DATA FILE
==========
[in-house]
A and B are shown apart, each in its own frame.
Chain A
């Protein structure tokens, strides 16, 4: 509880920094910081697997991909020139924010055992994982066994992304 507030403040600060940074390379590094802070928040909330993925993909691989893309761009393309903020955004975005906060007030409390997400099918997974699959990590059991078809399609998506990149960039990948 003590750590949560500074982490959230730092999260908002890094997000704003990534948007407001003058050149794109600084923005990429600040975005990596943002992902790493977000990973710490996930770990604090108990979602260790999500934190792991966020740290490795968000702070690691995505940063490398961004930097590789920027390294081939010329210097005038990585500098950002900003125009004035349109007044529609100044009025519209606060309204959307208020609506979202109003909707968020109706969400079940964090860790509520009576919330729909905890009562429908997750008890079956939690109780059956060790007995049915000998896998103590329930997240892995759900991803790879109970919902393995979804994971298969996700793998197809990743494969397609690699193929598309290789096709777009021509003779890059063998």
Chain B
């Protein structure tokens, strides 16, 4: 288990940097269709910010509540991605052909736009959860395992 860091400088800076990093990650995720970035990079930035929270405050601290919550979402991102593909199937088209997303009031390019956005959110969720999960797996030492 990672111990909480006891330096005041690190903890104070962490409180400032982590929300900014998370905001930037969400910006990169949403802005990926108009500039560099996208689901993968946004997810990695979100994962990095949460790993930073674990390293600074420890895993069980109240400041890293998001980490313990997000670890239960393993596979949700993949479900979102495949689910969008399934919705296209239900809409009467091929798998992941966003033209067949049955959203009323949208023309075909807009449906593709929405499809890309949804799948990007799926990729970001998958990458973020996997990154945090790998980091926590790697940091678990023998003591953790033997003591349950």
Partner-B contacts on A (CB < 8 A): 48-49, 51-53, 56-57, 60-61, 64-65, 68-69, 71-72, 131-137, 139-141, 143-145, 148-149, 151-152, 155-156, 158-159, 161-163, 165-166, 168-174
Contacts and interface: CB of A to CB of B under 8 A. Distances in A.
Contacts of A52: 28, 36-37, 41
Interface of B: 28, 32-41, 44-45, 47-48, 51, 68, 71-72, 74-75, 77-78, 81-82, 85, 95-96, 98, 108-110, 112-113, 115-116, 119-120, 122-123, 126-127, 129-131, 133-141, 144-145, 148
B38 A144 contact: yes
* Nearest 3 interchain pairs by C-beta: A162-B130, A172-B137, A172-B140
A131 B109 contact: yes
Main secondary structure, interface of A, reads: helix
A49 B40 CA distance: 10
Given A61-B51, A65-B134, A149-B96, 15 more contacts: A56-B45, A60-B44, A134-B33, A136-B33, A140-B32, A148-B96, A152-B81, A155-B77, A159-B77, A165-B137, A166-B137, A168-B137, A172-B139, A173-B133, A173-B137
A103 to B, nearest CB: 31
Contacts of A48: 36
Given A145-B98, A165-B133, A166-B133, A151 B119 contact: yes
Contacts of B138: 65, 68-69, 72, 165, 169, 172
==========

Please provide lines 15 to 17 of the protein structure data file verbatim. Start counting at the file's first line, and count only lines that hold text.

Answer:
A49 B40 CA distance: 10
Given A61-B51, A65-B134, A149-B96, 15 more contacts: A56-B45, A60-B44, A134-B33, A136-B33, A140-B32, A148-B96, A152-B81, A155-B77, A159-B77, A165-B137, A166-B137, A168-B137, A172-B139, A173-B133, A173-B137
A103 to B, nearest CB: 31